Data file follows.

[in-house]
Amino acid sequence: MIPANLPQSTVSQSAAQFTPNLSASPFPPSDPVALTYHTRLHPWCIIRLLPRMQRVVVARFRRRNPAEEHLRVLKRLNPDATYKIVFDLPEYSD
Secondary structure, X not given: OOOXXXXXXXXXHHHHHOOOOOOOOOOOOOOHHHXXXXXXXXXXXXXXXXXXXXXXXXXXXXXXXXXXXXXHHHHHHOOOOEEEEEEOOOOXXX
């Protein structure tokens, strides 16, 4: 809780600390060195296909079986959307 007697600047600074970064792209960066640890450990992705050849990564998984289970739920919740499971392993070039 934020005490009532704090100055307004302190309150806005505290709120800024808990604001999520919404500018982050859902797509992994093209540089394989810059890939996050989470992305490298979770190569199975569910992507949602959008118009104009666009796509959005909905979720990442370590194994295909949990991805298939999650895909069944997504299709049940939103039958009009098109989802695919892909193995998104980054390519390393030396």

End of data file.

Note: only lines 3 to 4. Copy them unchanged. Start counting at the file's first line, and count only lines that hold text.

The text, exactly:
Secondary structure, X not given: OOOXXXXXXXXXHHHHHOOOOOOOOOOOOOOHHHXXXXXXXXXXXXXXXXXXXXXXXXXXXXXXXXXXXXXHHHHHHOOOOEEEEEEOOOOXXX
């Protein structure tokens, strides 16, 4: 809780600390060195296909079986959307 007697600047600074970064792209960066640890450990992705050849990564998984289970739920919740499971392993070039 934020005490009532704090100055307004302190309150806005505290709120800024808990604001999520919404500018982050859902797509992994093209540089394989810059890939996050989470992305490298979770190569199975569910992507949602959008118009104009666009796509959005909905979720990442370590194994295909949990991805298939999650895909069944997504299709049940939103039958009009098109989802695919892909193995998104980054390519390393030396």